The Internet Protocol (IP): What Do You Need to Know?

Internet Protocol is the method that governs how computers share data on the internet. Without it, you wouldn’t be able to enjoy seamless internet browsing that is often taken for granted nowadays. However, what exactly is it, and how does it support the internet’s infrastructure? Find out here!

History of the Internet Protocol

Internet Protocol, also known as IP, is the network layer communications protocol in the internet protocol suite that relays data across network boundaries. It enables routing function internetworking and the internet.


In May of 1974, the Institute of Electrical and Electronics Engineers or IEEE published a paper which was entitled “A Protocol for Packet Network Intercommunication.” This paper was published by authors Bob Kahn and Vint Cerf. Here, they described an internetworking protocol for resource sharing with the use of packet switching on network modes.

Basically, during this decade, the concept of IP was first invented.


Despite being invented in the mid-70s, it took a couple of years before it was introduced. The concept of IP was only largely adopted in the late 1980s.


During this time, IP encountered its first major problem. This happened when it was made apparent that the numbering system it used would eventually run out of numbers in the future. As a result, in 1995, IPv6 was released to address the issue.

However, the adoption was deemed to be too slow, yet the new version was proven to be basic but remarkably robust.

Internet Protocol Versions

Today, one of the most popularly known versions of IP is the IPv4, better known as Internet Protocol version 4. However, prior to the inception of IPv4, there were other IP versions released during the 70s. These include the following:

  • IEN 2
  • IEN 26
  • IEN 41
  • EIN 44
  • IEN 54

The first 3 IP versions were experimental, and they were developed between 1973 and 1978. These were informally called TCP or IP. There was also an IP version 5, but it was used by Internet Stream protocol. This experimental streaming protocol did not get a chance to be adopted.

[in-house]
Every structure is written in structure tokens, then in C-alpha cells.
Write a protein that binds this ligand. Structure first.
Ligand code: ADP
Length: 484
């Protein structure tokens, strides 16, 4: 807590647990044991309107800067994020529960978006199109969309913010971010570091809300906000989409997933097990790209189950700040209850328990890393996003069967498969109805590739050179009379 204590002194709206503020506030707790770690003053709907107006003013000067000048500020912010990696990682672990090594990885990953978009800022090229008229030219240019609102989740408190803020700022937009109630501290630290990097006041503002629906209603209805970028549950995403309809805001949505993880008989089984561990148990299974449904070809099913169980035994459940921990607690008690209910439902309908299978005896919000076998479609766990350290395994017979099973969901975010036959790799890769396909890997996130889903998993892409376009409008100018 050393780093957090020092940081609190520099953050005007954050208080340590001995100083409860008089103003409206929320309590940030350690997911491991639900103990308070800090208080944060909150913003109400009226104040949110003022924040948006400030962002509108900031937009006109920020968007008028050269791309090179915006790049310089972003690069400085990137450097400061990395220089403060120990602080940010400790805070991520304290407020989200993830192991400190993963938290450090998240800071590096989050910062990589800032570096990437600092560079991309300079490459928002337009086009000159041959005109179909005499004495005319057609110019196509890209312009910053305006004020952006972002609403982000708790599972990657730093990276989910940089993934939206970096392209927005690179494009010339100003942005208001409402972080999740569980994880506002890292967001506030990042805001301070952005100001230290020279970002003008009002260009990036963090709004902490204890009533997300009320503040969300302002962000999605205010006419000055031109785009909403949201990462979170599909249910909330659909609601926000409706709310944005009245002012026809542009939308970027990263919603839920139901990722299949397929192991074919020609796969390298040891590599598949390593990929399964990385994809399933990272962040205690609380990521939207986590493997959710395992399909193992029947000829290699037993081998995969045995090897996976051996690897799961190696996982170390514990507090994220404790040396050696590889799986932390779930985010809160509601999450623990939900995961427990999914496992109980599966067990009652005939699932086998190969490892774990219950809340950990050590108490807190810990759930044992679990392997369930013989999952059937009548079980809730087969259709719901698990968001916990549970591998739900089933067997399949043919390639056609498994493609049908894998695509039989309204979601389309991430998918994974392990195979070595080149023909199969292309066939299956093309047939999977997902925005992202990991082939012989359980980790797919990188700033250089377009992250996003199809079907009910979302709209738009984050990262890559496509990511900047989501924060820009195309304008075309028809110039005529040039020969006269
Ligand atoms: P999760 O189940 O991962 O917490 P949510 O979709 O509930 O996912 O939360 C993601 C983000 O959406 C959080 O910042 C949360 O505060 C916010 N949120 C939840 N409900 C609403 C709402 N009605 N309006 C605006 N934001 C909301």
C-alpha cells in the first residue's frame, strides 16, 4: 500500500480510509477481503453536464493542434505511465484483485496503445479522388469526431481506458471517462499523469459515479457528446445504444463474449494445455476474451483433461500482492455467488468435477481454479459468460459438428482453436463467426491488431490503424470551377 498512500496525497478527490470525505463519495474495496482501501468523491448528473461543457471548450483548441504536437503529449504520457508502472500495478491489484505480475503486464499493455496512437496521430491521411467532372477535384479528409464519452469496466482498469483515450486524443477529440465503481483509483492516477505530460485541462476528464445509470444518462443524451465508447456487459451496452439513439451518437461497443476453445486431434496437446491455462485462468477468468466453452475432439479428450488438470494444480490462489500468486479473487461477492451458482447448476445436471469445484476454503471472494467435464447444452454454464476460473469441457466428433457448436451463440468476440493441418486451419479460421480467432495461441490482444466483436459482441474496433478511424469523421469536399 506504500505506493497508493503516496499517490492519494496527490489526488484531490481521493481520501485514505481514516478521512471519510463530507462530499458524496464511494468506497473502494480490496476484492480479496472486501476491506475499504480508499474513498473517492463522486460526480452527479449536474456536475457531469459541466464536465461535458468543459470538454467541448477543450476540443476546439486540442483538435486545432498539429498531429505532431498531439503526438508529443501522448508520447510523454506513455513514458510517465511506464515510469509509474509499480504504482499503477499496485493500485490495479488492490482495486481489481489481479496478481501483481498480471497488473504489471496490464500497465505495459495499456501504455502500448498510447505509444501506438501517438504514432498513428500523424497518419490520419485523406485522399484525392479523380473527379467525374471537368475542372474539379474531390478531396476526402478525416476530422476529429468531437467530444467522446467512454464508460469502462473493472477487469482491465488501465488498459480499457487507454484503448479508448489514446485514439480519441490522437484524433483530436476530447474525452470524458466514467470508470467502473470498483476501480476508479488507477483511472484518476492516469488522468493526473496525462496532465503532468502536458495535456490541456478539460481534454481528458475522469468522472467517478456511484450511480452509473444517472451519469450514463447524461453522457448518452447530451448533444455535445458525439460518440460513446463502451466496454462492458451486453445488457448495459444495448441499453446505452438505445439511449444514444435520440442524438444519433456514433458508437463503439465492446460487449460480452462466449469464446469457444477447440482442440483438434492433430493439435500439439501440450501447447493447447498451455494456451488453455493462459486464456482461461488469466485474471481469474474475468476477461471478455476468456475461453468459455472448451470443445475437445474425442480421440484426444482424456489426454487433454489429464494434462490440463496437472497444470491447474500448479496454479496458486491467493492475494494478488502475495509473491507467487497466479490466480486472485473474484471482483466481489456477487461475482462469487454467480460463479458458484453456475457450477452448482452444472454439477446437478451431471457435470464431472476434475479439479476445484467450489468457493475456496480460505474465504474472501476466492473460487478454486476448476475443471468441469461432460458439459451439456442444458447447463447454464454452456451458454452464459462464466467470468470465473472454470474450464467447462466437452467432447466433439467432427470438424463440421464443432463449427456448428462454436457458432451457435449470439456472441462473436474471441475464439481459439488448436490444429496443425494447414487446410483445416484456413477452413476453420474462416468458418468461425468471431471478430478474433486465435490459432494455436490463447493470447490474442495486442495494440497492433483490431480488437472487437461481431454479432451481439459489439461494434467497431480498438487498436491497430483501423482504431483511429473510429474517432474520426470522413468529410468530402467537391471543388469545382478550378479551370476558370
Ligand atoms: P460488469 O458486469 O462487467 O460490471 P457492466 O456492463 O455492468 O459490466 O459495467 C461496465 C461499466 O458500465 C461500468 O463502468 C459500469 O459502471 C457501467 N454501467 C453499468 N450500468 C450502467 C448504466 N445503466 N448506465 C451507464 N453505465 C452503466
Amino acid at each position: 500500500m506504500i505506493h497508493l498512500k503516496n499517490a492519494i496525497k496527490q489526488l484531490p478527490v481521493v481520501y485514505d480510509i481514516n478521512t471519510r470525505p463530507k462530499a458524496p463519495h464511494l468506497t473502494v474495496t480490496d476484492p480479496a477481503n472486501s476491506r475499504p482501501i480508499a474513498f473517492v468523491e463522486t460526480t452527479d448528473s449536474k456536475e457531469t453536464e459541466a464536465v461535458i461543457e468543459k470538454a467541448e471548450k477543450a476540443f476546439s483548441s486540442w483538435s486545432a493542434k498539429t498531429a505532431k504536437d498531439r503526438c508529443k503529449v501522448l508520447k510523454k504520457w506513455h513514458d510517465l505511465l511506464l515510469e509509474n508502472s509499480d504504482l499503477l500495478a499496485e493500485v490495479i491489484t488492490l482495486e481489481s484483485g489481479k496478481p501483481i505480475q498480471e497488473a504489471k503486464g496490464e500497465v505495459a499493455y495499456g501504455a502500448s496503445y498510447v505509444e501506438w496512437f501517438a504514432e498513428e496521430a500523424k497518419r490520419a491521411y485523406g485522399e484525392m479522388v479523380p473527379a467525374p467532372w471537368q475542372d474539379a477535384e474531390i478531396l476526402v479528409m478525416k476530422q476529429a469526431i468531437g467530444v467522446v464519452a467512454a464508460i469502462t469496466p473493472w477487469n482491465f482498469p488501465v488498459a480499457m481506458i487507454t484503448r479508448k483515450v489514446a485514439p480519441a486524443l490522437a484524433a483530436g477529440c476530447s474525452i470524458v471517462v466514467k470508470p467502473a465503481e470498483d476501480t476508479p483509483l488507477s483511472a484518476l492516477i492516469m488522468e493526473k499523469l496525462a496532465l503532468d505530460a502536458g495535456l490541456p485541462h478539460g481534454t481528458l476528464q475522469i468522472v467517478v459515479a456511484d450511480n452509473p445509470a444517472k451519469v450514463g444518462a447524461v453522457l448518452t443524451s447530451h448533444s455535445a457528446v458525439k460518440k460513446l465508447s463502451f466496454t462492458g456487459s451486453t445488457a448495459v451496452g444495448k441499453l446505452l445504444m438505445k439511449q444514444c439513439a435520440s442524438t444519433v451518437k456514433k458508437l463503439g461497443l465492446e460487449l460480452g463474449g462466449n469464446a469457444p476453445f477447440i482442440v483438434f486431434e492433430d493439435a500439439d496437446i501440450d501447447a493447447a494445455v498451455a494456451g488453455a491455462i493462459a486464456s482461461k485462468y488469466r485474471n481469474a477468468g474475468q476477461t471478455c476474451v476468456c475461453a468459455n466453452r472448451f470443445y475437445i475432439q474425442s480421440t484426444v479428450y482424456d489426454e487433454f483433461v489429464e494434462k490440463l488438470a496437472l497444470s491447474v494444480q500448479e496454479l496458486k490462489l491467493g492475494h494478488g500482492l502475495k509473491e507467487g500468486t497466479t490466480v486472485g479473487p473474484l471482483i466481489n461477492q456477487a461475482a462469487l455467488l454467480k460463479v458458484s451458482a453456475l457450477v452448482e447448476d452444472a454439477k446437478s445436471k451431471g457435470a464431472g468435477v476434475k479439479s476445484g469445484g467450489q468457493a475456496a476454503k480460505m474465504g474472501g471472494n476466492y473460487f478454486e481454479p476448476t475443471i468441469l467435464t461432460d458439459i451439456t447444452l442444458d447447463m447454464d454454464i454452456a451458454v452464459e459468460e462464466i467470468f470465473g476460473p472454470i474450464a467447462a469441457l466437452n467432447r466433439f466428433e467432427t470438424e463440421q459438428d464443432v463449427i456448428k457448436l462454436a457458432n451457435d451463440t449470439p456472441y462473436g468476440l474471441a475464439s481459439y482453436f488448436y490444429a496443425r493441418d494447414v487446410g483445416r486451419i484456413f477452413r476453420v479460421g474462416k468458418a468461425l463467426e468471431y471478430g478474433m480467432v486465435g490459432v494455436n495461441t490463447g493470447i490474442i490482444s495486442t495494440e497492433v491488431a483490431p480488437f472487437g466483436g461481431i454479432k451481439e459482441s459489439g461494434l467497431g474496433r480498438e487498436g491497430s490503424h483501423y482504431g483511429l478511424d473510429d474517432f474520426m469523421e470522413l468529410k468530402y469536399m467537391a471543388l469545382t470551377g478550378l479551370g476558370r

Moreover, on April’s Fools day of 1994, IETF published a joke about IPv9. However, it was all a joke, and this version is yet to be made.

After a few years of experimentation and dialog, the IPv4 had its successor, which is the IPv6. It can be easily said that IPv6 is the version that addresses most of the pitfalls of its predecessor.

It’s been a few decades since the adoption of IPv6, but its integration is quite slow. As a matter of fact, only 35% of Google’s traffic is run through an IPv6 connection.

IPv4 vs. IPv6

IPv4 and IPv4 are IP addresses with binary numbers. The main difference between these two is that the IPv4 is a 32-bit binary number. On the other hand, the IPv6 is a 128-bit binary number address. Moreover, the IPv4 addresses are separated using period, while the IPv6 are separated using colons.

Other notable differences between these two can be categorized by the following:

  1. Compatibility with Mobile Devices

IPv4 addresses utilize dot-decimals which is why it’s not compatible with mobile networks. But, since IPv6 proxy is represented using hexadecimal and colons, it’s much better suited for mobile networks. Hence, IPv6 proxy solutions could be applied to any desirable scenario.

  1. Mapping

IPv4 uses Address Resolution Protocol when mapping to MAC address, while IPv6 uses Neighbour Discovery Protocol to do so.

  1. Packet Size

The packet size required for IPv4 is 576 bytes with fragmentation optional, while IPv6 requires 1208 bytes without fragmentation.

  1. Routing Information Protocol

IPv4 uses a RIP that is supported by the routed demon. However, IPv6 uses static routes because it does not support RIP.

  1. Configuration

IPv4 requires configuration before it can communicate with other systems, while the configuration for IPv6 is optional depending on the functions needed.

Take note that IPv4 and IPV6 are not able to communicate with each other. However, they can exist simultaneously on one network, which is also known as Dual Stack.

Key Improvements in the IPv6 Version

The IPv6 version has come a long way compared to its predecessor, which was the IPv4. With that in mind, here are the key improvements made in its design, making it one of the best options of today:

  • No more Network Address Translation
  • No more private address collisions
  • Auto-configuration
  • Better multicast
  • Simplified and more efficient routing
  • Built-in authentication

Final Words

There you have it; those are most of the things that you have to know to understand better what Internet Protocol is and how it supports internet infrastructure. It all might sound so simple, and technically, it is. But, the impact of internet protocols in your daily life can be beyond measure.


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